To receive maximum credit:
a. Write essays of at least one full page for the essay questions and the T-F-U/Explain question. Write essays using complete sentences.
b. Show all work to support your answers to the problems.
c. Label all numbers, graphs and diagrams with appropriate units.
Essay Questions and T-F-U/Explain
1. (15 points) Assume that you are a U.S. beef farmer and you want to retire in 2002. In one year you will sell off your cattle, hopefully raising somewhere around $2m from the sale. Then you will invest half of your proceeds in U.S. T-Bonds and buy a condominium in Mexico with the other half of your proceeds. You are extremely risk averse. How could you use futures contracts to hedge the three risks that you are exposed to? Be specific - explain the three specific risks you are exposed to, identify the three specific futures contracts you would use, identify the position you would take on each contract, and explain why. Draw a completely and carefully labeled payoff diagram for your exact position in each of the three futures contracts (not both sides, just your side of the contract).
2. (8) a. What is meant by "central bank independence”,
and what is the expected relationship between central bank independence
and price level stability? Use the concept of “political business
cycles” in your answer.
(7) b. What features of the Federal Reserve Bank contribute to its independence?
3. (15 points) T-F-Uncertain/Explain in an essay:
Low interest rates are good for the economy.
Problems - Please label your answers with the appropriate letter (points in parentheses)
1. (15 Points Total)
Royal Caribbean Cruise Lines is in the winter cruise business and is considering using futures contracts to hedge against price risk for oil, one of its main inputs. October 2001 oil futures contracts are trading at $20/bbl. RCCL buys 100,000 barrels every October for the winter cruise season. Additional costs of operation are fixed at $1m per season. Revenues from ticket sales will be $4m for the winter cruise season.
Calculate the profit/loss for RCCL under these two conditions:
a. RCCL does not hedge and oil ends up at $35/bbl in the spot market next October.
b. RCCL does not hedge and oil ends up at $10/bbl in the spot market next October.
c. RCCL now decides to hedge with oil futures at $20/bbl. Explain the position it would take and show a carefully labeled futures payoff diagram for RCCL’s position in oil futures.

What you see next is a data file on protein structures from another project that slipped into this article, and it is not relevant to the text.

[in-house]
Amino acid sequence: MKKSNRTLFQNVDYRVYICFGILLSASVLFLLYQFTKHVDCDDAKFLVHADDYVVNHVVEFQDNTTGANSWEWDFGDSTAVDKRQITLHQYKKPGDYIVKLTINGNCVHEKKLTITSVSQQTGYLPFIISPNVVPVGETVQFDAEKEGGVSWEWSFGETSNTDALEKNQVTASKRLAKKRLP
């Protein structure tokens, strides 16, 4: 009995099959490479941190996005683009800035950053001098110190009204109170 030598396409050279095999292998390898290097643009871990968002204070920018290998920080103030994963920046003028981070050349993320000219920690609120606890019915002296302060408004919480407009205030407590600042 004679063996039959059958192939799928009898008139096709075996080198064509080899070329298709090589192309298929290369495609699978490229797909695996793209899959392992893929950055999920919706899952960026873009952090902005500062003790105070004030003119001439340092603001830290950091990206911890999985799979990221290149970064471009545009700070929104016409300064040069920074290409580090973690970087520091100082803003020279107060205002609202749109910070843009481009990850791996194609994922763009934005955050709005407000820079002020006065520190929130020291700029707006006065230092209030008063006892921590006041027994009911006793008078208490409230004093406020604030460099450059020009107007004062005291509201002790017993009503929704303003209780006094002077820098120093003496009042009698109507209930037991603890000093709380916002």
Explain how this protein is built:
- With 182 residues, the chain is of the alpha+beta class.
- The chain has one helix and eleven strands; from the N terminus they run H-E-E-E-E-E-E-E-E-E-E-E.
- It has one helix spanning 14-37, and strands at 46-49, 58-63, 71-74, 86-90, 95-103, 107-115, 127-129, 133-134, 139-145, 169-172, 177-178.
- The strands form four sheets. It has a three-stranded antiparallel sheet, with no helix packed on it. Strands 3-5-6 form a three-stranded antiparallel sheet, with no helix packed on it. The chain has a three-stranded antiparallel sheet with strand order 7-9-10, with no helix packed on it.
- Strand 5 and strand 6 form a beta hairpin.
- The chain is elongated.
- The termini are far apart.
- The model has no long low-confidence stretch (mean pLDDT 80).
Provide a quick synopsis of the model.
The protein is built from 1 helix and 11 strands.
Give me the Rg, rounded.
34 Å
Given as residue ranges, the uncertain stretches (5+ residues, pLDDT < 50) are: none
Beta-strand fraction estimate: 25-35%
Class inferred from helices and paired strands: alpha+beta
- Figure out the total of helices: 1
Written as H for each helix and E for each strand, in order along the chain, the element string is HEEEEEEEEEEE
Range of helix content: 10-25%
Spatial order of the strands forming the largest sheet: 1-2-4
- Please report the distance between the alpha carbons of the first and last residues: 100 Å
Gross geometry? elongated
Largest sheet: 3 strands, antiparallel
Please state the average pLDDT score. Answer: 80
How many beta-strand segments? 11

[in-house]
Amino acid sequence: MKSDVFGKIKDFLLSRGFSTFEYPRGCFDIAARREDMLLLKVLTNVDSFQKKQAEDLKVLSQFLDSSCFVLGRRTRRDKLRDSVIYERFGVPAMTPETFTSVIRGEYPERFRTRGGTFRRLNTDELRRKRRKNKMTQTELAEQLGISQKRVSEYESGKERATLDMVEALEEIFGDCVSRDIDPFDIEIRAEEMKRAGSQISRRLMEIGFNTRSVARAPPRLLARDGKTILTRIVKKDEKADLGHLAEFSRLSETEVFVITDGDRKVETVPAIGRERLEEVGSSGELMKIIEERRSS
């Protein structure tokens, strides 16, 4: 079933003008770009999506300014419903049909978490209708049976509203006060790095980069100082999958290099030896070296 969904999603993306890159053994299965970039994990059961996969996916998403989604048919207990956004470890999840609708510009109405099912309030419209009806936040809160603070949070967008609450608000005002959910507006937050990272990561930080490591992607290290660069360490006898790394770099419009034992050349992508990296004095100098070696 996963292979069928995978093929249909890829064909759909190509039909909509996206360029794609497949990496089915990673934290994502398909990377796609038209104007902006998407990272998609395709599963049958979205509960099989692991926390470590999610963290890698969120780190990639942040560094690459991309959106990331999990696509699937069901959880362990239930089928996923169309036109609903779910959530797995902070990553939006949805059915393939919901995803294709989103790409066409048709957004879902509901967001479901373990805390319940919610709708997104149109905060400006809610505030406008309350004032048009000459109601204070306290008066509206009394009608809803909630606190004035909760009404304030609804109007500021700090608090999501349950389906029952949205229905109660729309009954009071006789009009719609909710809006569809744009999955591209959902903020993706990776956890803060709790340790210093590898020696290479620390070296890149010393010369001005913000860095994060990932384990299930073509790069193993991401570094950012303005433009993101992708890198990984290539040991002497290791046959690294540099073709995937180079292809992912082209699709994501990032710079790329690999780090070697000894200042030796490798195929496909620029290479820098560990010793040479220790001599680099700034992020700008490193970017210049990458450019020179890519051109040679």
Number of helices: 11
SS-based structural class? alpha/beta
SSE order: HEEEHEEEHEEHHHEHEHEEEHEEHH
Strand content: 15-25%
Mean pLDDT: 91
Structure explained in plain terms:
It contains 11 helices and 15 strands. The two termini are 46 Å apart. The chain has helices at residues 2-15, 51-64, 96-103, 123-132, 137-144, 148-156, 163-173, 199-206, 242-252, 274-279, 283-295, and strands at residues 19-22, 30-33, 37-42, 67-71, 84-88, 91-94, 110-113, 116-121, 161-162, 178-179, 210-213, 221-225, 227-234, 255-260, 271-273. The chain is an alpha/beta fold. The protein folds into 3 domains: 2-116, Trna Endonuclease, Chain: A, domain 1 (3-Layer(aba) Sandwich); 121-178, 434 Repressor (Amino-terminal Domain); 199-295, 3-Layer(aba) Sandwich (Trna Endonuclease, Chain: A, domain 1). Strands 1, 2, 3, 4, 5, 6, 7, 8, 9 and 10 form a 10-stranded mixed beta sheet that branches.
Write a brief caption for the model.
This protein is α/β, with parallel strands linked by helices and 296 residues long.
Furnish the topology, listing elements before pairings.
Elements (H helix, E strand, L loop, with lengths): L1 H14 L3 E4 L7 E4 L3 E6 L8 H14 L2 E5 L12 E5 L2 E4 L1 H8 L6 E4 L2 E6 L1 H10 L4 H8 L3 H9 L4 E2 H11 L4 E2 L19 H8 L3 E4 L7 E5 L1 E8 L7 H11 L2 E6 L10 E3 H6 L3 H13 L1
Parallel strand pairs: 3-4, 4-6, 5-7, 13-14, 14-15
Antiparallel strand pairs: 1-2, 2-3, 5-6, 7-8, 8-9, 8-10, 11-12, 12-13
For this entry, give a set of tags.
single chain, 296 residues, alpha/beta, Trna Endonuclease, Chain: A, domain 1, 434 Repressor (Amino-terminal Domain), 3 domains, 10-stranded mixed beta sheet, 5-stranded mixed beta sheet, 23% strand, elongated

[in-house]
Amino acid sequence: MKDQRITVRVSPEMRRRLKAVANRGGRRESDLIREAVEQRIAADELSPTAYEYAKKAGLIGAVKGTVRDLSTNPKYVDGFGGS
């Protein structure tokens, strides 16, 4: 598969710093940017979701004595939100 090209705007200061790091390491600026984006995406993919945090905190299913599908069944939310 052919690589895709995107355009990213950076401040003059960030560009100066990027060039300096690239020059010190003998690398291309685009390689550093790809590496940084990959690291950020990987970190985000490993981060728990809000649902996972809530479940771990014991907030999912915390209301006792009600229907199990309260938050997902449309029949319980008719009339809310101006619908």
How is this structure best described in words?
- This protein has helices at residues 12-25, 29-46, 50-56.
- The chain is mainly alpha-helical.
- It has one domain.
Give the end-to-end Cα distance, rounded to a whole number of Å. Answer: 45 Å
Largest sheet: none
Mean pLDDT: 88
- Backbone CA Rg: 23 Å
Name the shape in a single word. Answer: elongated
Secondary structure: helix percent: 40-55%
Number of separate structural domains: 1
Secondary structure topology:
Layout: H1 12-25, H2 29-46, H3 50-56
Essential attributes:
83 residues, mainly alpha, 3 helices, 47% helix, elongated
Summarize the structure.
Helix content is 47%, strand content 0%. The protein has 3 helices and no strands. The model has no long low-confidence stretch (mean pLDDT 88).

For the two scenarios below, calculate RCCL’s profit or
loss using the following format: Clearly label and show i)
The sales revenue, ii) the gain or loss on the futures contract,
iii) the cost of oil at the spot market price, iv) the fixed costs of operation and then v) the net gain or loss for RCCL for the season.
d. RCCL hedges 100,000 barrels at $20/bbl and oil ends up at $35/bbl in the spot market.
e. RCCL hedges 100,000 barrels at $20/bbl and oil ends up at $10/bbl in the spot market.
f. Write an essay explaining the benefits of using futures contracts to reduce risk, referring specifically to your answers to the previous questions in parts a-e.
2. (30 Points Total) You are given the following information: (all dollars are in Billions)
Monetary Base (MB) = $600B
Currency (C) = $450B
Currency / Deposit Ratio ( C / D ) = .375
a. calculate bank deposits (D), the money supply (M1), reserves (R), required reserve ratio (rD), loans & securities, simple deposit multiplier (SDM), the deposit multiplier (DM) and the money multiplier (m).
b. for a $42B expansionary Open Market Operation (OMO),
what is the absolute MINIMUM change in the Money Supply (M1), and under
what extreme conditions would that occur? (Hint: the person who sells the
T-bill to the Fed cashes the check for currency).
c. for a $42B OMO, what is the absolute MAXIMUM change in M1, and under what extreme conditions would that happen? (Hint: NO currency leaks out of the banking system)
d. show the anticipated actual effects of a $42B expansionary OMO on the changes in M1, D, C, R, Loans, and MB.
e. show a fully labeled funnel diagram of the OMO, with the changes in the variables from part d.
f. what is the percentage change in M1 from the OMO?
g. Before the OMO, the $/£ ex-rate was $1.50.
Assuming that the supply of British pounds remains unchanged and that the
change in the supply of dollars is fully reflected in a change in the exchange
rate value of the dollar, predict the ex-rate (to four decimal places)
after the OMO?
Use the original monetary values (before the $42 OMO) for the following questions:
h. If the Fed wants to decrease the money supply by 2%,
what size OMO should it implement, and what exact action will the Fed take
in its OMO to decrease the money supply?
i. Assuming that the original amount for the MB stays the same (and assuming that no OMO takes place), what would happen to the money supply in percentage terms if the reserve requirement was changed to 2.5% (rD = .025)? (Hint: Calculate the new money multiplier, and then using the original MB, calculate the new amount of M1, and then calculate the percentage change).
j. Assuming the original MB and the original rD,
what would happen to the money supply in percentage terms if an increase
in drug trafficking raised the C/D ratio to .50? (Follow the procedure
outlined for problem i above).